Aspen schools and parents looks at digital, social media use among teenagers

Erica Robbie
The Aspen Times
Author and digital media expert Yalda Uhls talks before a crowd at Aspen Country Day School Tuesday night.
Anna Stonehouse/The Aspen Times |

Parents and educators in the Aspen Country Day School gymnasium Tuesday revealed that they related to the issues regarding teenagers’ digital and social media use as highlighted in the film “Screenagers.”

“Screenagers: Growing Up in the Digital Age” looks at how screen time impacts kids’ development and offers parents and school officials advice on how to best help teenagers as they attempt to navigate the unchartered waters of the digital era.

On Tuesday night, Aspen Country Day invited the community to watch a screening of the film, followed by a discussion.

Digital media expert Yalda Uhls led the discussion moderated by Aspen Institute Vice President of Public Programs Kitty Boone.

Uhls authored the book, “Media Moms and Digital Dads” last fall, and also works with Common Sense Media, a nonprofit that advocates childrens’ use of safe technology and media.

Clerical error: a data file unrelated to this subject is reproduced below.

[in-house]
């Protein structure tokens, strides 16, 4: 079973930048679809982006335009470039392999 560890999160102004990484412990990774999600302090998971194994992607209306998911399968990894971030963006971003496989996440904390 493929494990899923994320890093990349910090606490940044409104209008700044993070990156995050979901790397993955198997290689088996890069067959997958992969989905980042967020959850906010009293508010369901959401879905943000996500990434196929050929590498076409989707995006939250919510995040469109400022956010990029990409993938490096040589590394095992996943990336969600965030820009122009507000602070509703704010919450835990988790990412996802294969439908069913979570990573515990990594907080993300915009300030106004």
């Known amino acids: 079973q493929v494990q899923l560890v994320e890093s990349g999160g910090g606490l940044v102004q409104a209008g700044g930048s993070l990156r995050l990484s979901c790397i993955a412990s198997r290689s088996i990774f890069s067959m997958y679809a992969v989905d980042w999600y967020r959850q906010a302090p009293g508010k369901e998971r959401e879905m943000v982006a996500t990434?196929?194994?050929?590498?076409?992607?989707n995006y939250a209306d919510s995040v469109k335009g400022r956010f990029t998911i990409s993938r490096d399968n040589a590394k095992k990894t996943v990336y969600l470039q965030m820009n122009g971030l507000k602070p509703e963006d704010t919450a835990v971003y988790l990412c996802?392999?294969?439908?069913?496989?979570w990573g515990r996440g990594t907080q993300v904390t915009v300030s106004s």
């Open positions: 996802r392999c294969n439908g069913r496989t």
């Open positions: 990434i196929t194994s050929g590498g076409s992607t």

The Aspen School District uses common sense media, said Aspen High School Assistant Principal Sarah Strassburger, to introduce children to the concept of digital citizenship as early as kindergarten.

“We take appropriate, safe social media and internet use seriously (in the Aspen School District),” Strassburger said Friday. “As a parent and as an educator, I am aware of the pitfalls of social media and of the negative effects of too much screen time.”

Some consequences of excessive tech time the film identifies include teens’ issues sleeping at night, declining academic and/or athletic performances, reliance on technology to avoid awkward social situations and perhaps the most severe of all, full-blown internet addictions that require rehabilitation treatment.

In the film, a representative from Restart Addiction Recovery Program, a Washington-based rehabilitation center that specializes in digital addictions, explains how the processes of both developing and overcoming internet addictions is the same as with any type of addiction.